DETROIT — Part of Jim Hackett's deep-thinking management style involves sorting through problems using an imaginary bull's-eye with the words "now," "near" and "far" in concentric circles.
After three-plus years enacting sweeping changes as CEO of Ford Motor Co., Hackett departs believing he set the automaker up for success in the near term and into the future. But he never quite mastered the "now."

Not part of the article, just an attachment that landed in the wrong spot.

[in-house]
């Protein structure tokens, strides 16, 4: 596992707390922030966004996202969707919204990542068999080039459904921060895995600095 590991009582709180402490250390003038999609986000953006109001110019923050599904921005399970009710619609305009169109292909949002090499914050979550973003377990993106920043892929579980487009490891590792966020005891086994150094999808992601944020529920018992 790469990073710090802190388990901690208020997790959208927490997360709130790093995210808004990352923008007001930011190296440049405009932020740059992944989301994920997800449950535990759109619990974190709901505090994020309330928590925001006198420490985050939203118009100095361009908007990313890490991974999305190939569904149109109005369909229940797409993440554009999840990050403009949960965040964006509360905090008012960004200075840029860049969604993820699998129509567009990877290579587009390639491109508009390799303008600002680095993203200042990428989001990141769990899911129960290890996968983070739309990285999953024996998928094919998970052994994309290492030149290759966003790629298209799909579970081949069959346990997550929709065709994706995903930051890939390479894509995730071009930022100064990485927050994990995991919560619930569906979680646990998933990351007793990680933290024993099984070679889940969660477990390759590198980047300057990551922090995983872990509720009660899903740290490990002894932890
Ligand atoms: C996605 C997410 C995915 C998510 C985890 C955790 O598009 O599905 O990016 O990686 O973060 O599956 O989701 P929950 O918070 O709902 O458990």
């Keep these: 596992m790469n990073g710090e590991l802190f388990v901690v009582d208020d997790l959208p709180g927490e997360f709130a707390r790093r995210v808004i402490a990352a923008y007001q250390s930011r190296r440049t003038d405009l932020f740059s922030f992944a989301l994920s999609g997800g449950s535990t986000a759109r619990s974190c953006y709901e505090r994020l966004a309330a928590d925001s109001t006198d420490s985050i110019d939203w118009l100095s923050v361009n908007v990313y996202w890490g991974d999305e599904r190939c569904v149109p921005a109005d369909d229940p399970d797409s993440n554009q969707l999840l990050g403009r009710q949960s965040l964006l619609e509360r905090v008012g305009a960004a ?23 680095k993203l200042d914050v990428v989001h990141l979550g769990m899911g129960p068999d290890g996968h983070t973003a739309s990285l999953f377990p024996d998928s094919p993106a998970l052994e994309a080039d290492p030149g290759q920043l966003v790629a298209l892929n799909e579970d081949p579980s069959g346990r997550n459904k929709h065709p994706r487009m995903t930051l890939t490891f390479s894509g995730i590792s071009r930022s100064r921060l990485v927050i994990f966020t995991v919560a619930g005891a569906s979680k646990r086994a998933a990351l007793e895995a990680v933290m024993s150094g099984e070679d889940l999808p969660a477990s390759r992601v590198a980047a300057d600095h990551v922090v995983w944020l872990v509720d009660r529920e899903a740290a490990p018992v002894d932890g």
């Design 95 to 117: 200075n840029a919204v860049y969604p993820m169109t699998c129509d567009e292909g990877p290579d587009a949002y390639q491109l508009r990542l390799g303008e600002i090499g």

Ford's stock has fallen roughly 38 percent under Hackett's watch, and he couldn't overcome investors' initial impatience with a slow-developing restructuring plan, even after taking major actions such as cutting thousands of jobs and eliminating low-margin sedans. Ford's profits have disappointed in each of the past two years, and any financial progress this year was stunted by the coronavirus pandemic.
Hackett has flattened Ford's bureaucracy, paved the way for a more profitable vehicle portfolio and set up the company to be a player in connected technology. But a combination of self-inflicted wounds and forces outside Ford's control means the 65-year-old will leave the nation's No. 2 automaker with mixed results.